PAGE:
Additionally, the Education section of our website has a variety of toolkits and lesson plans available. This teacher’s toolkit is specific to Waterloo, ON, but provides a useful template for how to create your own community-specific education package.
We also have the Gallery section, where you’ll find resources in the form of art, multimedia, infographics and more that you can use in your awareness efforts.
Make it local
To really make an impact in your community, awareness efforts need to be specialized and local. This can be done in many ways, but here are a few suggestions:
- Organize a public meet-up for other concerned people to discuss homelessness, how it impacts the community, and potential solutions.
- Use timely stories on people's minds to generate conversation and organizing, like cold weather alerts, housing policy changes, or shelter developments.
- Look at nearby Community Profiles to get an idea of how many people experiencing homelessness have been counted in the area. If your community isn’t represented, initiate a homeless count.
- Create your own educational guides or toolkits with specific community information.
If you’re having issues getting people involved, think about ways to engage them. Hopefully the conversations you have with those around you gets the ball rolling, but as I mentioned above, Tanya’s post on changing perceptions really highlights the importance of narrative in connecting people with widespread issues like homelessness. Workshops and screenings can therefore be effective awareness tools. One documentary that powerfully demonstrates how close homelessness is to all of us—especially those in southern Ontario and the GTA—is Home Safe Toronto. In it, the consequences of our “new economy” are explored (low wages, no benefits, unemployment) and the reality of housing insecurity:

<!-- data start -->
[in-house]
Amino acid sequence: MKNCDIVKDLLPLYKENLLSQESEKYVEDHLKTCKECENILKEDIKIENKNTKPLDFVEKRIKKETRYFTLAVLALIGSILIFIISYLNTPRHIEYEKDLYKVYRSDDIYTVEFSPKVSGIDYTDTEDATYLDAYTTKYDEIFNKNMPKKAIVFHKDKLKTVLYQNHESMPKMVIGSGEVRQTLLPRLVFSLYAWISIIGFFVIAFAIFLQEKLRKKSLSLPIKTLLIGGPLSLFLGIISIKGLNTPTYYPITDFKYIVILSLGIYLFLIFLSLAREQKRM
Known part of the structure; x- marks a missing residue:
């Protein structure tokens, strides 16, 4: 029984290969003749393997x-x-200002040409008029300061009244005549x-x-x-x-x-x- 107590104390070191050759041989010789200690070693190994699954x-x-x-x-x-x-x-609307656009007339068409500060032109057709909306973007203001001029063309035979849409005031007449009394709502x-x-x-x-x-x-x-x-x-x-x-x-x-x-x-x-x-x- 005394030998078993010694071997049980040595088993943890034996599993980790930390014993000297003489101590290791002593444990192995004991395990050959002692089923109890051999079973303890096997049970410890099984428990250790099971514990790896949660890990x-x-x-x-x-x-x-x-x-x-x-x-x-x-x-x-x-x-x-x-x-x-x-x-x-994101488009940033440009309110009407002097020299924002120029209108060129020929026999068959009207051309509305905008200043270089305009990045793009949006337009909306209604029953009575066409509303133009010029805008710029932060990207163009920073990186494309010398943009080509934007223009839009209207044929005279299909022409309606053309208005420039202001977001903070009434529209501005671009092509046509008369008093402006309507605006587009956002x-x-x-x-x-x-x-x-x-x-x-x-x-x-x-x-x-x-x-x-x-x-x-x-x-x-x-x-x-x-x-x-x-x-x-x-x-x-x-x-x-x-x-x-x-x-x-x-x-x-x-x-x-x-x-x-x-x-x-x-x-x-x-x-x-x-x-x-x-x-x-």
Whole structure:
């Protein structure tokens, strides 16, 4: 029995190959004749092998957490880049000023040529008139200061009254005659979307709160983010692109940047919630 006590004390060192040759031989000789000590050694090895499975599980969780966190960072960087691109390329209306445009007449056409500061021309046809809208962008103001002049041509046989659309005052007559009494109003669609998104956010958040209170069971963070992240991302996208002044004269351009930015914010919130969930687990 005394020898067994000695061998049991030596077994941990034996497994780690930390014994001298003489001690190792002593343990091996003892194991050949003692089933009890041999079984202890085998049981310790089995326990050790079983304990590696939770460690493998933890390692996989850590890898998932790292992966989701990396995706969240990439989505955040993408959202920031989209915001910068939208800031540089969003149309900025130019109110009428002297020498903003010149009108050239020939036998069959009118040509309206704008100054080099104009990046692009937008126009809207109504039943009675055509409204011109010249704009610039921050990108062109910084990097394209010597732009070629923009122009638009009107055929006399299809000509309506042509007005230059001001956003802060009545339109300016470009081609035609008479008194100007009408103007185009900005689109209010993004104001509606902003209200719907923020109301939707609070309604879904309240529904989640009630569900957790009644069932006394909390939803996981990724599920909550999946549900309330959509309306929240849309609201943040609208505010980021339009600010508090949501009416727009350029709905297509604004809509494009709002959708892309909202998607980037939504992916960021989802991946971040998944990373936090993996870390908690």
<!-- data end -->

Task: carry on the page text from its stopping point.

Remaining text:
“For families in economic crisis, the threat of losing safe and secure housing lives out in many ways. Some families are forced to relinquish their homes and double-up with friends or family. Others rush to sell their homes before the bank forecloses on their defaulted mortgages. Tenants who are financially vulnerable are stretched to pay too much rent for sub-standard housing, or face the threat of an eviction notice. Some must resort to seek refuge in shelters.”
Workshops and screenings can be arranged with the documentary, and SkyWorks facilitators can be requested to attend and lead discussions.
Thanks for your question, and I hope these suggestions help!
This post is part of our Friday "Ask the Hub" blog series. Have a homeless-related question you want answered? E-mail us at firstname.lastname@example.org and we will provide a research-based answer.
Emma Woolley is a 2016 graduate of York University's Bachelor of Social Work program with a background in publishing, freelance writing and digital communications. Her interest in affordable housing, homelessness, 2LGBTQ rights, and social justice led her to work with The Homeless Hub. Emma is now pursuing her Master of Social Work at The University of Toronto, where she is focusing on anti-oppressive, strengths-based, recovery-oriented, and critical approaches to mental health care.
People can write all the stories they want. We all have stories about Our Homeless Community. What we need is action..... not stories...